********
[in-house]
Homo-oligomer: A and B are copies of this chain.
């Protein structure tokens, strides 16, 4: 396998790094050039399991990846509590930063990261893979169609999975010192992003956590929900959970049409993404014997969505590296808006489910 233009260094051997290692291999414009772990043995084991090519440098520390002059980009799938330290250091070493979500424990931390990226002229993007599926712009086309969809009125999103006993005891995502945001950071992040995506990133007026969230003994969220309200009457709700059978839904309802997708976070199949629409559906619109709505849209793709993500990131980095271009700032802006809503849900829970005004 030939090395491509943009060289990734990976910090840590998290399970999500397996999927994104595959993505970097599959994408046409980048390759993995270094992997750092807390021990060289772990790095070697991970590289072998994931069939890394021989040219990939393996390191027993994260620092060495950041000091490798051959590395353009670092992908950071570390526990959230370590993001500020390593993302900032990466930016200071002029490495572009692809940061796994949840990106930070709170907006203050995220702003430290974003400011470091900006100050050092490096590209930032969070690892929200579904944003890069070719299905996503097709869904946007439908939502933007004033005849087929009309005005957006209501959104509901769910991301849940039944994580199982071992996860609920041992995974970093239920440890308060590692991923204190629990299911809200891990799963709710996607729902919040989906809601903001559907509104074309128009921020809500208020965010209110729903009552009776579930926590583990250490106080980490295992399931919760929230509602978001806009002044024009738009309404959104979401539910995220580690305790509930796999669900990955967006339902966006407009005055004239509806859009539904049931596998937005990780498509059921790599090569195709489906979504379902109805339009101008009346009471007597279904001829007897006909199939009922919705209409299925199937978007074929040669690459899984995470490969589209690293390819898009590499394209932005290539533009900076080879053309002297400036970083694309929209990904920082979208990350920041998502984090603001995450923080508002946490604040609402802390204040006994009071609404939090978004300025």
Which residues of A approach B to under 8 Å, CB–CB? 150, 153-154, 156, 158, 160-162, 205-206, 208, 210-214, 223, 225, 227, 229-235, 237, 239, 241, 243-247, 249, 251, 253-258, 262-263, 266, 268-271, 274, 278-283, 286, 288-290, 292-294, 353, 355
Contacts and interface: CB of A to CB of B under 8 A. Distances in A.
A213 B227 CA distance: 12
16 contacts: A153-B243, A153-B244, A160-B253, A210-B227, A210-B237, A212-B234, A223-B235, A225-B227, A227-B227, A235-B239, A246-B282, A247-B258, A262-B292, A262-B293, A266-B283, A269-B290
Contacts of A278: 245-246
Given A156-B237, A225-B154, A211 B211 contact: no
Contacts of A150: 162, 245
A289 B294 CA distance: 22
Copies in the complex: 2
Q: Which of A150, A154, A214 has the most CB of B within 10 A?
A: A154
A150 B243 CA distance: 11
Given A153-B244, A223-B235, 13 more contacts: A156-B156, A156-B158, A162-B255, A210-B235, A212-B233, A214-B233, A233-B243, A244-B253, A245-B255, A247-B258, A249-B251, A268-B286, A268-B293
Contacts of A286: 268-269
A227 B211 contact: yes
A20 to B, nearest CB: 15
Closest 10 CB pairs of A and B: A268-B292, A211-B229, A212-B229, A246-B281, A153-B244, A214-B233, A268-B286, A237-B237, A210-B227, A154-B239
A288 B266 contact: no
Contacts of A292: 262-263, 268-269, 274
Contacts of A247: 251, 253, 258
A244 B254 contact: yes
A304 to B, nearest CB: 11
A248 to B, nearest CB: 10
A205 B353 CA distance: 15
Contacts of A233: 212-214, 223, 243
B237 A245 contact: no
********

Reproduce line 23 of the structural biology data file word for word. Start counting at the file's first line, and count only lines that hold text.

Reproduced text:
Contacts of A247: 251, 253, 258